More and more women are turning to home birth as well. Some home births are attended by midwives, while others are just the laboring mother and her birth partner. The woman is, theoretically, in complete control during a home birth.
She is free to move about in the comfort of her surroundings. Such an environment is beneficial for many women; because her surroundings are so familiar, there is little to distract her from the work of labor.
At the same time, there are no medical interventions available for laboring women at home. Women can certainly reduce their discomfort during labor by spending time in the tub or shower, having their partner use massage to manage tension, or by simply practicing their own laboring techniques.
If you are experiencing a high-risk pregnancy, home birth is probably not for you. In the end, however, it is the job of the mother and her partner to decide where to give birth.
Pregnancy is a special time for women. Despite the discomforts and challenges you may be feeling, there is no denying the magic of the little person developing inside you.
During pregnancy, it is sometimes easy to focus your attention on your changing body and the baby’s development and forget about how and where the baby will be born.
Though most mothers still give birth in a hospital setting, more and more women are electing to have their babies in birth centers or even in the comfort and privacy of their own homes.
The decision of where to have your baby is a highly personal one, and it is a good idea to explore your options.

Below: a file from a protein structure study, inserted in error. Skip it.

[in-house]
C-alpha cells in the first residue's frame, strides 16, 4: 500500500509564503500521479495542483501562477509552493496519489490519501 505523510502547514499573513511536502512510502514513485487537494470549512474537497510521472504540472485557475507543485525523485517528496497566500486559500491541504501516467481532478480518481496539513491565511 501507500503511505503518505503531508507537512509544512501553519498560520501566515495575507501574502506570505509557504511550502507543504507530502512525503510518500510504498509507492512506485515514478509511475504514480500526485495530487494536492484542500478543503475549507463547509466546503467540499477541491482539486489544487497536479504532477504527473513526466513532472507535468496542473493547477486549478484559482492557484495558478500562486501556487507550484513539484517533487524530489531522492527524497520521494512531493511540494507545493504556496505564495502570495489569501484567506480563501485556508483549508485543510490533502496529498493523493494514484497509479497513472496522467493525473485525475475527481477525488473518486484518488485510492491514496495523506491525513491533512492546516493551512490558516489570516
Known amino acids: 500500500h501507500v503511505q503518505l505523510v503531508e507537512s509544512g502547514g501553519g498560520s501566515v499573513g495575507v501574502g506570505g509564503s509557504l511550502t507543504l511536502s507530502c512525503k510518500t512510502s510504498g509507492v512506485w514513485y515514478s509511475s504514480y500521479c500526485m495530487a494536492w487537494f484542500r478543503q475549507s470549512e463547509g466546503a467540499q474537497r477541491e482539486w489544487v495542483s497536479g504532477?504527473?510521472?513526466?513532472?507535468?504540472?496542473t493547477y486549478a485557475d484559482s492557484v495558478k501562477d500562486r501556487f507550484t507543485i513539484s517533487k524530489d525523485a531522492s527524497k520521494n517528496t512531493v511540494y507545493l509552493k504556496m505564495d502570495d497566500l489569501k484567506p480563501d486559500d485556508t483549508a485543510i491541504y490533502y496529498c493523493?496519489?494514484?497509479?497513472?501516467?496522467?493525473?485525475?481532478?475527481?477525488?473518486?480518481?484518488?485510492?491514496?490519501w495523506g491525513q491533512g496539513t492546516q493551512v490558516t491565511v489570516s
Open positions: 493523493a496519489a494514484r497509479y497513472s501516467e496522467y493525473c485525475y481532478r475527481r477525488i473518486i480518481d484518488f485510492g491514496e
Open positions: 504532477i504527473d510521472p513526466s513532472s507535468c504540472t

Even if you decide on the traditional hospital setting, understanding the benefits and drawbacks of each birth environment will ensure that you’ve made the best decision for you and your family.
Having a baby at a hospital is clearly the most common birth setting for most women. The benefits of a hospital birth are many. Most women see OB/GYNs for their prenatal, birth, and postpartum care, and most OB/GYNs have privileges in hospitals rather than in birth centers.
There Are Two Major Types of Hospitals
A teaching hospital has the most up-to-date equipment and part of their mission is to teach the next generation of doctors and nurses about medical care. In a teaching hospital, the birthing mother may be asked if interns and other medical students can watch or assist with the labor and birth.
Smaller community hospitals are more likely to have a more intimate feel. They are less likely to have medical students helping care for patients. All hospitals provide opportunities for pain management for laboring women, from local anesthetics to epidural and spinal blocks.
What a hospital lacks in comfort and privacy it makes up for in access to emergency care. Women with complicated pregnancies or babies with special needs will benefit from neonatal care found in hospitals.
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